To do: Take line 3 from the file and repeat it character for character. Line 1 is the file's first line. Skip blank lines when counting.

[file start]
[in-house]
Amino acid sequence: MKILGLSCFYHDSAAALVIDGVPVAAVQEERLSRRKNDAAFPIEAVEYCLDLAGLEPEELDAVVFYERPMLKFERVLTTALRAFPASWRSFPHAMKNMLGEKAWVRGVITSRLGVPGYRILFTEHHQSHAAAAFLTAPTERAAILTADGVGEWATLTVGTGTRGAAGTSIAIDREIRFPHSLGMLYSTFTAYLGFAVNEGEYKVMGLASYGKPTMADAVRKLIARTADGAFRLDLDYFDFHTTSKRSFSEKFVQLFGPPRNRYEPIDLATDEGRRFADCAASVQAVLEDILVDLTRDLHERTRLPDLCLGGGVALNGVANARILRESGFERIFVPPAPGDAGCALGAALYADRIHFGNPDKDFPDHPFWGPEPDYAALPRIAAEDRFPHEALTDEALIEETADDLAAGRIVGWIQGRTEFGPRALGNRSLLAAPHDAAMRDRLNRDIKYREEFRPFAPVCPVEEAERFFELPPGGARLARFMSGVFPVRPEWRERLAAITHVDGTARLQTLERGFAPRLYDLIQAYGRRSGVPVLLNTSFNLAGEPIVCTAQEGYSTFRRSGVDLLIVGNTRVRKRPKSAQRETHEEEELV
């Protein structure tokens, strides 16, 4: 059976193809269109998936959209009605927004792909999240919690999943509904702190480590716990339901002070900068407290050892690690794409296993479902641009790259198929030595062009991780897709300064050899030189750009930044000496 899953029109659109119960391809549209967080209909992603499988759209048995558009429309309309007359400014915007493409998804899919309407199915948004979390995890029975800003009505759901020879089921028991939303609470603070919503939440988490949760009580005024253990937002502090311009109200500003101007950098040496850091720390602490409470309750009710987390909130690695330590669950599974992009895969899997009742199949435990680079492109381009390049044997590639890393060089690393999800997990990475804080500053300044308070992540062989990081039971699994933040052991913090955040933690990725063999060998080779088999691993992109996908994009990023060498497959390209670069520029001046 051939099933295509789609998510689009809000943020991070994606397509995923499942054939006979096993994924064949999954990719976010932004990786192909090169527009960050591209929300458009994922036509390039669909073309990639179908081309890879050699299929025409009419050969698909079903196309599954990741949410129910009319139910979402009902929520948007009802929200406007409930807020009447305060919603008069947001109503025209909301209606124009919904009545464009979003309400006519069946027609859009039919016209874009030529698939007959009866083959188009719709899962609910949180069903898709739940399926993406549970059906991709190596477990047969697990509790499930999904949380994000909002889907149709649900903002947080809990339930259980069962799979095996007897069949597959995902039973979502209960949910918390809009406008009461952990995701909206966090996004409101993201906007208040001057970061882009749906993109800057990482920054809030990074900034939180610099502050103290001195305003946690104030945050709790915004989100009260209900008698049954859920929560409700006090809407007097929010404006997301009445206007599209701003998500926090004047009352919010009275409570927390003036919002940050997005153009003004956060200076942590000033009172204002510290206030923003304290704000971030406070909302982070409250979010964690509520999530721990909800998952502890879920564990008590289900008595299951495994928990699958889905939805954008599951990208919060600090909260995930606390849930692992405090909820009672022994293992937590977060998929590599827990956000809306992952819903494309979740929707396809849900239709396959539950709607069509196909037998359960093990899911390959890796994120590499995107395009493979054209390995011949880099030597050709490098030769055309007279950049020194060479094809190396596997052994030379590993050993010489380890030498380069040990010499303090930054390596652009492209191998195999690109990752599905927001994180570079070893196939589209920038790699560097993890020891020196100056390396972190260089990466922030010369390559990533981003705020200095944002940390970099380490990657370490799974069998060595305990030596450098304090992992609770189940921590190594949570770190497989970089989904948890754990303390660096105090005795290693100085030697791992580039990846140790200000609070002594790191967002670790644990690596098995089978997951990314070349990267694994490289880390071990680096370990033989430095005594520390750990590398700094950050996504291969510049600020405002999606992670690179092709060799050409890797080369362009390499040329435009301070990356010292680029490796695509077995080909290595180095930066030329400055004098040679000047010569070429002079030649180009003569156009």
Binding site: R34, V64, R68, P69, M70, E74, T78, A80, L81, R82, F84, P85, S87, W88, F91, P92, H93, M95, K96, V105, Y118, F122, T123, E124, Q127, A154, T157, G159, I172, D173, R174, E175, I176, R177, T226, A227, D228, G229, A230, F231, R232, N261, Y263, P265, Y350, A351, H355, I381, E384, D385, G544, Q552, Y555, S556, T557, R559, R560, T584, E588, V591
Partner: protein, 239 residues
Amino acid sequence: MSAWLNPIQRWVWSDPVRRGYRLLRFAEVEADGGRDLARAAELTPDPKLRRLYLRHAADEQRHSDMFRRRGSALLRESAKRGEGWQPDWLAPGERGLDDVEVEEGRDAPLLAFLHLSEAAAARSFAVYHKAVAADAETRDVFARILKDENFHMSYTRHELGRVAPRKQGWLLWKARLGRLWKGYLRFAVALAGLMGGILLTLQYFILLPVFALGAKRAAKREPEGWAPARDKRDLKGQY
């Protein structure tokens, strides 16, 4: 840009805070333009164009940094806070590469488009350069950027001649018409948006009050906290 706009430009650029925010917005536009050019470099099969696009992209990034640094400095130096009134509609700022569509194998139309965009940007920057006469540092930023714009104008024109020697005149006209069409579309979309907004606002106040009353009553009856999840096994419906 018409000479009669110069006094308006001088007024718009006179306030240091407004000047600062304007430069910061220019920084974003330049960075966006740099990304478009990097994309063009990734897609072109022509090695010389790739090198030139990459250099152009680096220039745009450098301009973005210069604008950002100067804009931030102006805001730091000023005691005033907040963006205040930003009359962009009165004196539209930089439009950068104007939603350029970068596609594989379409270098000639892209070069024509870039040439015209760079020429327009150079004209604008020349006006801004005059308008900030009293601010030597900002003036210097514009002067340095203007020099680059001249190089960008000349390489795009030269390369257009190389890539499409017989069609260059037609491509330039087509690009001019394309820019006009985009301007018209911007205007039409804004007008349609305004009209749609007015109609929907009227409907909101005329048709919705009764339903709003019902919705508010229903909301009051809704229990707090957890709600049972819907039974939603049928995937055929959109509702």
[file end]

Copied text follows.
């Protein structure tokens, strides 16, 4: 059976193809269109998936959209009605927004792909999240919690999943509904702190480590716990339901002070900068407290050892690690794409296993479902641009790259198929030595062009991780897709300064050899030189750009930044000496 899953029109659109119960391809549209967080209909992603499988759209048995558009429309309309007359400014915007493409998804899919309407199915948004979390995890029975800003009505759901020879089921028991939303609470603070919503939440988490949760009580005024253990937002502090311009109200500003101007950098040496850091720390602490409470309750009710987390909130690695330590669950599974992009895969899997009742199949435990680079492109381009390049044997590639890393060089690393999800997990990475804080500053300044308070992540062989990081039971699994933040052991913090955040933690990725063999060998080779088999691993992109996908994009990023060498497959390209670069520029001046 051939099933295509789609998510689009809000943020991070994606397509995923499942054939006979096993994924064949999954990719976010932004990786192909090169527009960050591209929300458009994922036509390039669909073309990639179908081309890879050699299929025409009419050969698909079903196309599954990741949410129910009319139910979402009902929520948007009802929200406007409930807020009447305060919603008069947001109503025209909301209606124009919904009545464009979003309400006519069946027609859009039919016209874009030529698939007959009866083959188009719709899962609910949180069903898709739940399926993406549970059906991709190596477990047969697990509790499930999904949380994000909002889907149709649900903002947080809990339930259980069962799979095996007897069949597959995902039973979502209960949910918390809009406008009461952990995701909206966090996004409101993201906007208040001057970061882009749906993109800057990482920054809030990074900034939180610099502050103290001195305003946690104030945050709790915004989100009260209900008698049954859920929560409700006090809407007097929010404006997301009445206007599209701003998500926090004047009352919010009275409570927390003036919002940050997005153009003004956060200076942590000033009172204002510290206030923003304290704000971030406070909302982070409250979010964690509520999530721990909800998952502890879920564990008590289900008595299951495994928990699958889905939805954008599951990208919060600090909260995930606390849930692992405090909820009672022994293992937590977060998929590599827990956000809306992952819903494309979740929707396809849900239709396959539950709607069509196909037998359960093990899911390959890796994120590499995107395009493979054209390995011949880099030597050709490098030769055309007279950049020194060479094809190396596997052994030379590993050993010489380890030498380069040990010499303090930054390596652009492209191998195999690109990752599905927001994180570079070893196939589209920038790699560097993890020891020196100056390396972190260089990466922030010369390559990533981003705020200095944002940390970099380490990657370490799974069998060595305990030596450098304090992992609770189940921590190594949570770190497989970089989904948890754990303390660096105090005795290693100085030697791992580039990846140790200000609070002594790191967002670790644990690596098995089978997951990314070349990267694994490289880390071990680096370990033989430095005594520390750990590398700094950050996504291969510049600020405002999606992670690179092709060799050409890797080369362009390499040329435009301070990356010292680029490796695509077995080909290595180095930066030329400055004098040679000047010569070429002079030649180009003569156009």